Simple to complex: that’s been the essence of evolutionary theory ever since Charles Darwin imagined some organic molecules coming together in a warm little pond eons ago. Whatever simple life form emerged from his pond started his evolutionary process that led to the human brain. But what if the “last universal common ancestor” was already highly complex? What if bacteria and archaea are “devolved” remnants of a more complex ancestor? That’s exactly what a new study is claiming. “Last universal common ancestor [LUCA] more complex than previously thought” is the headline on PhysOrg. Here’s what’s out: “Many believe LUCA was little more than a crude assemblage of molecular parts, a chemical soup out of which evolution gradually constructed more complex forms. Some scientists still debate whether it was even a cell.” Not according to a study from the University of Illinois at Urbana-Champaign: “New evidence suggests that LUCA was a sophisticated organism after all, with a complex structure recognizable as a cell, researchers report.” The article goes on to describe discovery of an enzyme common to all three kingdoms of microbes. This enzyme, vacuolar proton pyrophosphatase, has been found in prokaryotic bacteria, along with a structure that is “physically, chemically and functionally the same as an organelle called an acidocalcisome” that is common in eukaryotic cells. Acidocalcisomes are complex organelles that help control osmosis. They contain protein pumps and gates that actively transport water, calcium, and ions. An analogous structure and enzyme is also present in archaea. Conclusion: the “last universal common ancestor” (LUCA) was already complex enough to contain these organelles, along with their molecular machines, and therefore “may have been more complex even than the simplest organisms alive today,” according to James Whitfield, a co-author of the study published in Biology Direct. Whitfield said that today’s bacteria may appear primitive because they are stripped-down versions of earlier complex cells. Because they live in extreme environments and have to reproduce quickly, bacteria could represent specialized cells that are simpler than LUCA had to be. “You can’t assume that the whole story of life is just building and assembling things,” he said. The last sentence of the article is another quote by Whitfield: “We may have underestimated how complex this common ancestor actually was.” The “universal common ancestor” meme is common in evolutionary reports. A separate example can be found in a BBC News story about a scientist from Northern Arizona University who watched living fish jump by flipping their tails. All of a sudden she envisioned a mythical universal fish jumping ancestor: “It suggests that, rather than a rare adaptation that evolved in a select few species, the ability to leap on land is common among bony fishes. So many more of their ancient aquatic relatives might have invaded the land than had previously been thought.” She immediately thought “In my mind, that opens up the fossil record to re-interpretation,” adding, “The last common ancestor of the two species examined in this study lived about 150 million years ago,” she said, “which implies that the behaviour is at least that old.” One should not think, though, that common ancestors are necessarily simple. PhysOrg published another discovery from Oxford University that shows another complex structure found in every cell from bacteria to humans: snake-like structures called cytophidia (“cell snakes”) whose functions are unknown. They move around in cells and seem to have something to do with an enzyme called CTP synthase that plays a role in the formation of CTP, a building block of RNA and DNA. The enzymes become organized in structures that move throughout the cell. “Cytoophidia have heads and tails and can move around. They really do look like snakes,” one researcher said. Their numbers appear tightly controlled by the cell. The discovery led to a general principle about cells that reverberates back on the LUCA story, too: The cell needs an organized structure to bring this industry of biochemical reactions under control, with many processes cordoned off in separate chambers, capsules and compartments. It allows related reactions to be better controlled and regulated, with the right concentrations of the different molecules brought together in the right environment. After all, you don’t just bung all the ingredients into a chemical engineering plant, a brewery or a baking tin imagining that the recipe will be fine. “The beauty of a well-organized cell has not been appreciated by everyone. Without the structure, a bag of the same amounts of all the molecules would not do the same thing as a living cell,” explains Ji-Long. “Compartmentation could be a general feature for many enzymes in a cell,” he believes. The number of essential parts of a free-living cell is growing. This puts pressure on evolutionists to (1) explain how these complex structures and enzymes each emerged individually without a designer, and (2) explain how the last universal common ancestor got them all together at the same time, in the right concentrations, in the right compartments, working in a coordinated fashion, encoded in DNA, with machinery to replicate the entire cell faithfully, so that natural selection could act on future generations. The fish story is just that (a fish story), but the LUCA story provides continuing confirmation of a trend seen for a decade (search on LUCA in our search bar, or go to 07/12/2010 “Bacteria Too Complex to Be Primitive Eukaryote Ancestors,” 01/14/2008 “Bacteria to the Future”, and 2/29/2004 “Was Their a Single Common Ancestor for All Life?” where Whitfield and the U of Illinois crew were struggling seven years ago with the LUCA myth). It confirms again that bacteria cannot be considered primitive transitional forms from the “RNA World” or whatever other speculative scenario the evolutionist wants to conjure up, as if “primitive” prokaryotes “emerged” from a chemical soup, then “tinkered” for a billion years or more before becoming eukaryotes. It puts more strain on origin-of-life scenarios, because the first cell had to “innovate” all this machinery early on by a blind, purposeless, unguided process. We report this not that one must accept the LUCA myth; it just shows that even using their own assumptions, evolutionists are having a harder time against the facts. Notice in the article that the lead author, Manfredo Suefferheld, who found the acidocalcisome in bacteria in 2003, said that finding organelles in bacteria went against tradition. “It was a dogma of microbiology that organelles weren’t present in bacteria,” he said. Science would be better without dogma. Darwinism puts the fog in dogma, producing fogma, a dogma so thick you can’t see it unless you are outside of it. The Darwin Party then puts the dog in fogma, sending their attack dogs barking and biting anyone who tries to clear the air.(Visited 66 times, 1 visits today)FacebookTwitterPinterestSave分享0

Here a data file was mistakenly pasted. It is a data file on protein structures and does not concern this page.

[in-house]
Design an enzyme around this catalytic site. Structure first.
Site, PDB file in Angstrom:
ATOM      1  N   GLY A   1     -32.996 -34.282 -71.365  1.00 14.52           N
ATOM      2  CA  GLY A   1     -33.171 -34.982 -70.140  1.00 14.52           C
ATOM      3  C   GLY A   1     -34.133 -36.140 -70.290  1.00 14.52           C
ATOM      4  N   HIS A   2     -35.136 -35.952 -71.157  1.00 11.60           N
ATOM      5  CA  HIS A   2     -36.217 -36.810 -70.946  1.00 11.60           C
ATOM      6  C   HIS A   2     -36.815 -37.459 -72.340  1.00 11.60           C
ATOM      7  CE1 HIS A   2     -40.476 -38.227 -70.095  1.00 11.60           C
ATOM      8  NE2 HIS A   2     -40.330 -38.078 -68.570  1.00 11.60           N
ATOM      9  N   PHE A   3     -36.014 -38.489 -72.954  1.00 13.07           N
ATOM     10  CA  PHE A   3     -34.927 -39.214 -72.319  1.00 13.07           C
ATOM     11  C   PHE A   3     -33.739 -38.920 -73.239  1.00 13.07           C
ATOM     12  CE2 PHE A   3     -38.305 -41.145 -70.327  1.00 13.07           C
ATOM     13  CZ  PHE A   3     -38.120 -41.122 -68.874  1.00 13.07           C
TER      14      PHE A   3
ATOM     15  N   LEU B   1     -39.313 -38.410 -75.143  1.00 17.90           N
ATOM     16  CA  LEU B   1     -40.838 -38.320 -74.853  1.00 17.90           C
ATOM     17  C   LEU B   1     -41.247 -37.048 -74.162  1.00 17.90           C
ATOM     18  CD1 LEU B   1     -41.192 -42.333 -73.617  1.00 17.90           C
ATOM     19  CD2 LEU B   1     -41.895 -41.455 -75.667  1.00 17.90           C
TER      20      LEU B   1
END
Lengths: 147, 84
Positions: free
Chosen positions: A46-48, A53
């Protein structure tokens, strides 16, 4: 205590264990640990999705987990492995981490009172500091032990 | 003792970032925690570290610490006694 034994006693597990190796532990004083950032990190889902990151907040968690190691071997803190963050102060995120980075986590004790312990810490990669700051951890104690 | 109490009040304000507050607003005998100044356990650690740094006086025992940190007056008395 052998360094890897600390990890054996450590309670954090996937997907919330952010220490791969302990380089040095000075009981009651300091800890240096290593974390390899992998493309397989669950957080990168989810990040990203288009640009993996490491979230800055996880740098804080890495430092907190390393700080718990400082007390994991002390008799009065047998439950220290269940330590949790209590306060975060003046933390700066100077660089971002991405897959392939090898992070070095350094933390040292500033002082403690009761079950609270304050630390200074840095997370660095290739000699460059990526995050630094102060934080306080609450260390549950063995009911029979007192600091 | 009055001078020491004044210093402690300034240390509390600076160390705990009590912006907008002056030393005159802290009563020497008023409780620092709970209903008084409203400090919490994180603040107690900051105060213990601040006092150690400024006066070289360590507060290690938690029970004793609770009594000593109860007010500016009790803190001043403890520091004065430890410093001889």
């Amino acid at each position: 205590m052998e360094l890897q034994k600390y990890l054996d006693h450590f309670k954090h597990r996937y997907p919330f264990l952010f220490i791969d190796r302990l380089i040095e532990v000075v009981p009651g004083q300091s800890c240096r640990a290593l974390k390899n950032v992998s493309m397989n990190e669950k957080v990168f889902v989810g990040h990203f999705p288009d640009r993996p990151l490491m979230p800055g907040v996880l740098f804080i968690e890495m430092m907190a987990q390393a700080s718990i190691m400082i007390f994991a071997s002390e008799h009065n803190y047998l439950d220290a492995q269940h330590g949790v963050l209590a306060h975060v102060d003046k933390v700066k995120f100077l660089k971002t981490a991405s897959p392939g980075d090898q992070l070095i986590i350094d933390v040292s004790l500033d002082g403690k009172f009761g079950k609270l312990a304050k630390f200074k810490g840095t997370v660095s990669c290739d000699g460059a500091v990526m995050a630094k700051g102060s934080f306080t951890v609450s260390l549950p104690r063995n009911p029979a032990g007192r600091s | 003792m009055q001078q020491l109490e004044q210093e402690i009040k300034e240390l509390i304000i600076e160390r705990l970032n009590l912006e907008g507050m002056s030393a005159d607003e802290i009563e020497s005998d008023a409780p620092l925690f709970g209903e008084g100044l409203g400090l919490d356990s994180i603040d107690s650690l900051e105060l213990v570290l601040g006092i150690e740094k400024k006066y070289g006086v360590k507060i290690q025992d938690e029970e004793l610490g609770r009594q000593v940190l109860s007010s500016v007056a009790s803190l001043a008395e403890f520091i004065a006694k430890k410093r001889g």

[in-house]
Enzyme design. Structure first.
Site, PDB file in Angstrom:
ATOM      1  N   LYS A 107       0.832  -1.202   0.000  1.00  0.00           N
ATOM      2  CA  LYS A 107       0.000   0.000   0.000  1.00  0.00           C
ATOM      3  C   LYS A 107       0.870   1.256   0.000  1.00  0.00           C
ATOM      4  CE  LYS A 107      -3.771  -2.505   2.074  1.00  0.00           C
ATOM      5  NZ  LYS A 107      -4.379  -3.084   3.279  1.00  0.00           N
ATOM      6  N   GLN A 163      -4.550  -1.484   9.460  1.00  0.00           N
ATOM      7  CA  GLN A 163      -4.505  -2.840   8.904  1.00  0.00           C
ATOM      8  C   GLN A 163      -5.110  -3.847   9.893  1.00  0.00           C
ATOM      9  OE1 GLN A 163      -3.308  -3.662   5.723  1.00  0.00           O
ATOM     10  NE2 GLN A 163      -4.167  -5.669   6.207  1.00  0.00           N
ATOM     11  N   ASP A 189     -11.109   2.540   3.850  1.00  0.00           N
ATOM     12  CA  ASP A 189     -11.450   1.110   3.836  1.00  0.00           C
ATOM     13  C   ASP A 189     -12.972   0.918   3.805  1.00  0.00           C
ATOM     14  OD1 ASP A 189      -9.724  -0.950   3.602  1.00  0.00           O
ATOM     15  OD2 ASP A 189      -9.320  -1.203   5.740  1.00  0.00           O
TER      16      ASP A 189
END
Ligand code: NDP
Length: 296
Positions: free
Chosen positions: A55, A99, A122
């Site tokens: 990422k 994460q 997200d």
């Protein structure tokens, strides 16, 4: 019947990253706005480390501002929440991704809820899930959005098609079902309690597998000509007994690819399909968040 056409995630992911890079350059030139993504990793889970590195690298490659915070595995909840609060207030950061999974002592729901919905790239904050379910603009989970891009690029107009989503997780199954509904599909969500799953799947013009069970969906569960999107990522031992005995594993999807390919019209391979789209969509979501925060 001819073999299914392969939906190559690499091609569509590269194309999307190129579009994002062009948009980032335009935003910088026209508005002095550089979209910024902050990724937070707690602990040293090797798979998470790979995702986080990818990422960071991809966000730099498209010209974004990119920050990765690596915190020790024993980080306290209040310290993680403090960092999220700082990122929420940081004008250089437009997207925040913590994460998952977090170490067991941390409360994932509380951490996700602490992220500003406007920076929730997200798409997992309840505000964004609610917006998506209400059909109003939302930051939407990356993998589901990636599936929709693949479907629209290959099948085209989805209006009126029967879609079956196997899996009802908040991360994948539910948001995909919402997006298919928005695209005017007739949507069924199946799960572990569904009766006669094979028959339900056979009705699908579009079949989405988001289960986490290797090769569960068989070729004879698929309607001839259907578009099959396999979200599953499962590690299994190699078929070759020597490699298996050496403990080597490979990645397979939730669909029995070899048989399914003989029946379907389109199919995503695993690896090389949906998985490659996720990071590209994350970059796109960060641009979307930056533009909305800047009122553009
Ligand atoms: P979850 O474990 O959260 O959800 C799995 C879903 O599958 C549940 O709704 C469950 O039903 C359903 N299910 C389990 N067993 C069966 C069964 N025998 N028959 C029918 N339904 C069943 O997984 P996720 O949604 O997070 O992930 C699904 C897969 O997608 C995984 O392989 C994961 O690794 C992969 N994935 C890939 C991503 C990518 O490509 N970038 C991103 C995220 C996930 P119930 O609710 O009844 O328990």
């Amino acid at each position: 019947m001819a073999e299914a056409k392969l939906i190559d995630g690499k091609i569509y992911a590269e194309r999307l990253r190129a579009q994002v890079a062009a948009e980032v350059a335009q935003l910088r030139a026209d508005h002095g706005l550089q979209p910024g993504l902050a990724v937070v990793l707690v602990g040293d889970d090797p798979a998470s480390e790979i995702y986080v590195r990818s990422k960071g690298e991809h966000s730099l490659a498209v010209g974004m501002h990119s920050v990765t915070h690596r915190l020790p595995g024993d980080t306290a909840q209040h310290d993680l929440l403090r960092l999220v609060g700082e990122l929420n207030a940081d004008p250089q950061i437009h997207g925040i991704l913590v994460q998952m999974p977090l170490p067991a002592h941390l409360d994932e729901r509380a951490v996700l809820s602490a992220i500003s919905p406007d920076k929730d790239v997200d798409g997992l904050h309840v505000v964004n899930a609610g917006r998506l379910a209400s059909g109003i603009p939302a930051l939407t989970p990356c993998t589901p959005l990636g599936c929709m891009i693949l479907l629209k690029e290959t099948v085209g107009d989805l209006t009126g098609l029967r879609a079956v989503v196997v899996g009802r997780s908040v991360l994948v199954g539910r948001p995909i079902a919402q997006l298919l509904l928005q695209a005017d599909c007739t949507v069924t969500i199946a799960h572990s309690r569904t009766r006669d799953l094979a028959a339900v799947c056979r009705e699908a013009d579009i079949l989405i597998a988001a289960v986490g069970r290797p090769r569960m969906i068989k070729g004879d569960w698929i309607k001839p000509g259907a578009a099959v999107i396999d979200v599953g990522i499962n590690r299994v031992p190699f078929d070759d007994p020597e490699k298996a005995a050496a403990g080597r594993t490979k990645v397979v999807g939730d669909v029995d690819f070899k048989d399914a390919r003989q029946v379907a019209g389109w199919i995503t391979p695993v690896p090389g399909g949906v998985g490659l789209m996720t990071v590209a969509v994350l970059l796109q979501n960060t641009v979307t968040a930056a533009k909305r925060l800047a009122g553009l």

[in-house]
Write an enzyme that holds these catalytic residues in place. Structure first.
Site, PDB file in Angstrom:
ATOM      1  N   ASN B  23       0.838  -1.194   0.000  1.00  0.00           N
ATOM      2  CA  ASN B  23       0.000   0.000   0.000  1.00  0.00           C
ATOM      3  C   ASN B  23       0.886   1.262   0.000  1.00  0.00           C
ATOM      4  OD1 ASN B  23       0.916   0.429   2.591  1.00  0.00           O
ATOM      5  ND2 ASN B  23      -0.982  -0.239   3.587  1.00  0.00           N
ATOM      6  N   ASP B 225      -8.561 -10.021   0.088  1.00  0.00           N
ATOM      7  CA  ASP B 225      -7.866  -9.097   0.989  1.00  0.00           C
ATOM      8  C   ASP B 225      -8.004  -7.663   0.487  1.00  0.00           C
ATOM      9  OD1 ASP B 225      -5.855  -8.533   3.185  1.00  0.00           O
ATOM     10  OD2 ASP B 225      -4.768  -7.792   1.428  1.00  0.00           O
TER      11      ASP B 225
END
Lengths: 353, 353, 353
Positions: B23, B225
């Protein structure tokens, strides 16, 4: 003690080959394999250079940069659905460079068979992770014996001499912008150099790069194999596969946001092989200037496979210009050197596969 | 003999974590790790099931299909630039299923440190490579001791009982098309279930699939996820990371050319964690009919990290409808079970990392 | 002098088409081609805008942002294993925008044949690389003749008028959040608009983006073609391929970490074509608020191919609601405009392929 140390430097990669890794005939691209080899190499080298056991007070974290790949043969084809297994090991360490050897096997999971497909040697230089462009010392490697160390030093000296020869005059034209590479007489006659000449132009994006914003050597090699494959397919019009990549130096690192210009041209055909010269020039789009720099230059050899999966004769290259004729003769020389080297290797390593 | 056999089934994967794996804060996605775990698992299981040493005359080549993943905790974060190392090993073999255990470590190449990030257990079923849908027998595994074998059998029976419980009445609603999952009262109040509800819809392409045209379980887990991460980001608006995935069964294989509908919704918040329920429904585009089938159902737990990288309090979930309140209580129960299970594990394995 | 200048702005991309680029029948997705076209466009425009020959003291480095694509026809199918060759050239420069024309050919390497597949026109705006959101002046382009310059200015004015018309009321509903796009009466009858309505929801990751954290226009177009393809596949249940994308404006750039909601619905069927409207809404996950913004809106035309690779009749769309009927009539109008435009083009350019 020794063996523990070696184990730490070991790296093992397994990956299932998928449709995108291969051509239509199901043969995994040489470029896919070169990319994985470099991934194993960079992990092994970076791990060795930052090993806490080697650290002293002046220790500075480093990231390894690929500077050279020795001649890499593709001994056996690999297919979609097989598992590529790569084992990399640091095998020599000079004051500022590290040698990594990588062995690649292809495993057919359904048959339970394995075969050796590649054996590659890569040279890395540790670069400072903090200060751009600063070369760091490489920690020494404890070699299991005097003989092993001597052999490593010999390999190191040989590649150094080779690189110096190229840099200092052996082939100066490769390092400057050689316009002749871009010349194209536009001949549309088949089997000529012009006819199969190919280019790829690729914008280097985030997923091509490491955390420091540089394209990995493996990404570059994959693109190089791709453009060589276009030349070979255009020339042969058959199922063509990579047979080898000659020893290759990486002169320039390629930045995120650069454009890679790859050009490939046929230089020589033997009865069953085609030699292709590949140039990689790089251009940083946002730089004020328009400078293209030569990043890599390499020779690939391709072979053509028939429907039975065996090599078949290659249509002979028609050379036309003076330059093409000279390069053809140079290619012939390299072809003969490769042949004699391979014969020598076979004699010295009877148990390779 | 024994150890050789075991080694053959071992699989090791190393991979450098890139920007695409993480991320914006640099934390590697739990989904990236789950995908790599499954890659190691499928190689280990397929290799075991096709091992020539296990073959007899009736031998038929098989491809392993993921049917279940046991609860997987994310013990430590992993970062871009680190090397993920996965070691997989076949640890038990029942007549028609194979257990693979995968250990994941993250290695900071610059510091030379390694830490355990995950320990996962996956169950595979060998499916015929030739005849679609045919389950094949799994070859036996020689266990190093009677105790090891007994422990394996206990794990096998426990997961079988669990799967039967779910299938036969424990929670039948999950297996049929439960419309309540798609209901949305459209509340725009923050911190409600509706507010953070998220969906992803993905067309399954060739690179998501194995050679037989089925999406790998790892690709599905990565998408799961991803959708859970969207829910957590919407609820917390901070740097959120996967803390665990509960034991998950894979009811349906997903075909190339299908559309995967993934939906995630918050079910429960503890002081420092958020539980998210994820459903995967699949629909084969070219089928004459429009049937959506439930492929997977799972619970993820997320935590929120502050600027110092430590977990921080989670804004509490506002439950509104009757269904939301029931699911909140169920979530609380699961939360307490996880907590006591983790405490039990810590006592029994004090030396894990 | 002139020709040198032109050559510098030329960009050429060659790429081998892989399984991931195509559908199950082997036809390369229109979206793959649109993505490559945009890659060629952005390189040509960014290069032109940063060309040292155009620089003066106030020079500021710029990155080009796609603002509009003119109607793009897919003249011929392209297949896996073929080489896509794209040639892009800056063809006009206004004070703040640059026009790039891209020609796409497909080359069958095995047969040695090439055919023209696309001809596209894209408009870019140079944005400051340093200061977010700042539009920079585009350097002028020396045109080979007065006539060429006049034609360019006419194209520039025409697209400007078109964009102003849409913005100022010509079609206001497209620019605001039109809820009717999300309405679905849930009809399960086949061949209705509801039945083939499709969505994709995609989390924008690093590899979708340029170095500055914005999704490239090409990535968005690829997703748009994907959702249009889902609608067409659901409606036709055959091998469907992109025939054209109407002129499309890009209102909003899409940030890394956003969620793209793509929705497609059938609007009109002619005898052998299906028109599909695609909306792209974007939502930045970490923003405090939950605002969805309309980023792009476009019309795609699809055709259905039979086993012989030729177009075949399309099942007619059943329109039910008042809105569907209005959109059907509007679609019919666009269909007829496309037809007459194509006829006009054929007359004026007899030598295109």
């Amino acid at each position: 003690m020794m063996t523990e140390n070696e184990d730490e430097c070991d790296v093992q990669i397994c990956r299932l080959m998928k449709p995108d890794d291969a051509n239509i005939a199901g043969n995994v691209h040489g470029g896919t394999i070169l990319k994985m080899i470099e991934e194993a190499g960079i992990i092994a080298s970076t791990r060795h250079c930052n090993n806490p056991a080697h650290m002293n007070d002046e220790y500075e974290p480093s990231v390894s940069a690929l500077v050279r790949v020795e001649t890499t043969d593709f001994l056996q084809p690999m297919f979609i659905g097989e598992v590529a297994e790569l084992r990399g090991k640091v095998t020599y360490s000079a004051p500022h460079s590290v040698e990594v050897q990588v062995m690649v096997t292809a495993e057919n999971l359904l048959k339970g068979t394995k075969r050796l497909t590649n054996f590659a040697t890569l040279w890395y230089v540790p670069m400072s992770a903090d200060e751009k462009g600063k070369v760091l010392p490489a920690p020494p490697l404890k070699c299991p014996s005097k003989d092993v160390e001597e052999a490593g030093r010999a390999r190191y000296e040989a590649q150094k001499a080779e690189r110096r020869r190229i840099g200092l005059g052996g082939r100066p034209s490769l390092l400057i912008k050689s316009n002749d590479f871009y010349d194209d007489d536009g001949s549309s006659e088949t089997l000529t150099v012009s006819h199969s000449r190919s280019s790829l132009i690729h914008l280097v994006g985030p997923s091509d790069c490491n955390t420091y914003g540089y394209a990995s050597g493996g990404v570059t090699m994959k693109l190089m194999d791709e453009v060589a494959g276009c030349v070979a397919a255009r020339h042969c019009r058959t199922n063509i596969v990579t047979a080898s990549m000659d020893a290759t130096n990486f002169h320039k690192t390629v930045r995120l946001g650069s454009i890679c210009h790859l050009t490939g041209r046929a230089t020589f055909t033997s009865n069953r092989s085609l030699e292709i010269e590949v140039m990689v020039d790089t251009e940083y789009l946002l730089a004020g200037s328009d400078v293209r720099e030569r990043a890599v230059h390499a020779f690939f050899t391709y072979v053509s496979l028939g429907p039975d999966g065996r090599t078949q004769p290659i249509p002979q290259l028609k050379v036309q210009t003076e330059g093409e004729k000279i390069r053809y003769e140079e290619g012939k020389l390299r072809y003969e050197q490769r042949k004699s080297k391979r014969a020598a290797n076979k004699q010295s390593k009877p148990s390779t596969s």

Hopes that a piece of wing debris from a Boeing 777 could quickly lead investigators to the main wreckage of MH370 have been dashed because of uncertainty surrounding the date it washed ashore at the Reunion Islands.Yesterday Charitha Pattiaratchi Professor of Coastal Oceanography at University of Western Australia said that the reverse drift modelling was “impossible” due to question marks over timing.Last year, after the loss of MH370 with 239 passengers and crew on March 8, the University’s forward drift analysis predicted debris would wash up in East Africa region within 12 to 18 months if the plane crashed where the investigators are currently looking 1,800km south-west of Perth Australia.World’s Safest Airlines Missing ID plate hampers link to MH370“Current and wind patterns change so to do reverse modelling you need an accurate location and time when the debris came ashore,” said Professor Pattiaratchi.Over the weekend it was revealed that the flaperon was first discovered in May but not reported and could have come ashore earlier.And a man who works as a rubbish collector on the island has also admitted that he has been burning possible aircraft debris as part of his job.According to the UK Telegraph’s Harriet Alexander, Nicolas Ferrier found two suitcases “full of things” which he burnt.“That’s my job. I collect rubbish, and burn it.”“I could have found many things that belonged to the plane, and burnt them, without realising,” Mr Ferrier told Ms Alexander.He noticed the flaperon in May and used it as a table when he was fishing!According to the Telegraph’s article his story is supported by another local named as Isabelle, who spotted the same object while walking on the beach in May, accompanied by her 10-year-old son.“It was the beginning of the holidays – around May 10,” she told local news website Zinfos974.com.“I was walking with my son, Krishna. Then from a rock on which we were standing, he saw an object and shouted: ‘Mum that looks like the wing of a plane!’”Krishna then jumped on what looked like a suitcase. He managed to prise it open, and then spotted another suitcase buried in the black sand.They went home, and thought nothing of it until last week when the flaperon discover was announced according to Ms Alexander.The flaperon, was transported to the French government laboratories in Toulouse on Saturday for detailed examination which will start on Wednesday this week.As well as identifying what Boeing 777 the flaperon came from the investigators, if they link it to MH370, will then examine damage and look for chemical traces to see if that will give them clues to what happened to the aircraft.A critical identification plate on the Boeing 777 flaperon that would possibly link it immediately to MH370 is missing because of the effect of sea water on the adhesive that bonds it to the structure.According to a former crash investigator the metal ID plate has almost certainly come away because of the “exposure to sea water.”So what should have been a simple ID exercise now becomes a time consuming forensic investigation.A Boeing part number (657BB) painted on to the flaperon confirms the object is from a Boeing 777, according to the Malaysian Deputy Transport Minister Abdul Aziz Kaprawi.“From the part number, it is confirmed that it is from a Boeing 777 aircraft. This information is from MAS (Malaysia Airlines). They have informed me,” said Deputy Transport Minister Abdul Aziz Kaprawi.Investigators will likely have to take the flaperon apart to locate serial numbers that will indicate what batch the flaperon or its components came from and Boeing will be able to trace it to the actual 777 that it was installed.